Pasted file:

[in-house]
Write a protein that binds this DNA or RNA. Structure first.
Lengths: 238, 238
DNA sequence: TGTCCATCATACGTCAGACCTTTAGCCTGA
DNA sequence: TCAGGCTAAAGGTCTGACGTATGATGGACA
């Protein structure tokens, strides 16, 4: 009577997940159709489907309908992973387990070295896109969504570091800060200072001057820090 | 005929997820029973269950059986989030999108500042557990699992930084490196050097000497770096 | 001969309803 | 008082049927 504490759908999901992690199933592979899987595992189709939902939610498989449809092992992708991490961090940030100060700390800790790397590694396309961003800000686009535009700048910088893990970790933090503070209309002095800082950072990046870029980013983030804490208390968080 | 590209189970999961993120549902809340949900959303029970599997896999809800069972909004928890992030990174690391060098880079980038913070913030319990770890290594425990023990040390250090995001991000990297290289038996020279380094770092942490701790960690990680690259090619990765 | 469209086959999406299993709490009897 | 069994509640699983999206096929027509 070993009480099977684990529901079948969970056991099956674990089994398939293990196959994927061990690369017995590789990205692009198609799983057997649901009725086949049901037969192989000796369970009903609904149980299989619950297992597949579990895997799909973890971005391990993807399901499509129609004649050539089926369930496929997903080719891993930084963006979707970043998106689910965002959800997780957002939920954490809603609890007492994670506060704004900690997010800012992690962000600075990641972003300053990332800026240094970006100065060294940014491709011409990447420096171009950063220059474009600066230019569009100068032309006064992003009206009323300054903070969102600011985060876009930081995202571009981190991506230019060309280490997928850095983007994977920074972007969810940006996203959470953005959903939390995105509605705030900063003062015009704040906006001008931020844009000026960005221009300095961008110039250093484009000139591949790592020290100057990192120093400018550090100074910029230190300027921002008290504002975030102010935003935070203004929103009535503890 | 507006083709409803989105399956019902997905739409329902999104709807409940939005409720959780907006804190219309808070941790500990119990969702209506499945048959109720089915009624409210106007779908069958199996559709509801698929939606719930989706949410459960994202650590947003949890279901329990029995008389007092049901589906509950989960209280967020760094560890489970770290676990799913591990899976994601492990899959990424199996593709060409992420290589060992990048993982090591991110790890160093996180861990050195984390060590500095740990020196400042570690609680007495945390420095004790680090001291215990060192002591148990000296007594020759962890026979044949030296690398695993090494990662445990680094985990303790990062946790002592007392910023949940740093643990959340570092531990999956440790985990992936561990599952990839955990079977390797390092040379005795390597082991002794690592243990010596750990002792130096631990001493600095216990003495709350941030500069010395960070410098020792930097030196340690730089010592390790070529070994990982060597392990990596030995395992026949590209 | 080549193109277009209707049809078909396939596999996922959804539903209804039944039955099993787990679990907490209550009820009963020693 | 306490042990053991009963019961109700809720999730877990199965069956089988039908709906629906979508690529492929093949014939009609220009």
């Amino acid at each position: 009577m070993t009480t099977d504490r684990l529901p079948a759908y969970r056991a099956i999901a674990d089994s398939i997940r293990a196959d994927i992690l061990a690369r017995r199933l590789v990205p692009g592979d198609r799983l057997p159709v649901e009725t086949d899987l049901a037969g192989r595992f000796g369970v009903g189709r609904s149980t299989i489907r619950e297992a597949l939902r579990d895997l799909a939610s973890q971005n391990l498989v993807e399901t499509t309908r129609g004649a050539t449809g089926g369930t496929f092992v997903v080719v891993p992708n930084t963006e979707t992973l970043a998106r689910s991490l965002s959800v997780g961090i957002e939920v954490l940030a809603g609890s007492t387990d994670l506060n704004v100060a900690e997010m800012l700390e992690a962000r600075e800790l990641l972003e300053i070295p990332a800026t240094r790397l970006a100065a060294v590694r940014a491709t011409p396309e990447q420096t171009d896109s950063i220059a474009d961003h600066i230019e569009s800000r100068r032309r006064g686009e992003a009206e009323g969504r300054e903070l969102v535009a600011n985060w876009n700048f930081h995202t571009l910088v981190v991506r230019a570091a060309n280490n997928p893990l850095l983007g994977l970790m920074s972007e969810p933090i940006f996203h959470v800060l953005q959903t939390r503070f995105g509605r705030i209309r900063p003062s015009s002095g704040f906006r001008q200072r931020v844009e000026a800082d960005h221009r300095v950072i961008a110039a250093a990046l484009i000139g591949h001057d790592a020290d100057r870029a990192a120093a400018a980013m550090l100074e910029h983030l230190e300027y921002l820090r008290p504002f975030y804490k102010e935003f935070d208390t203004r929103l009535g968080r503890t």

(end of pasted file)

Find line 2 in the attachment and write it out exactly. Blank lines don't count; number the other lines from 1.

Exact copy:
Write a protein that binds this DNA or RNA. Structure first.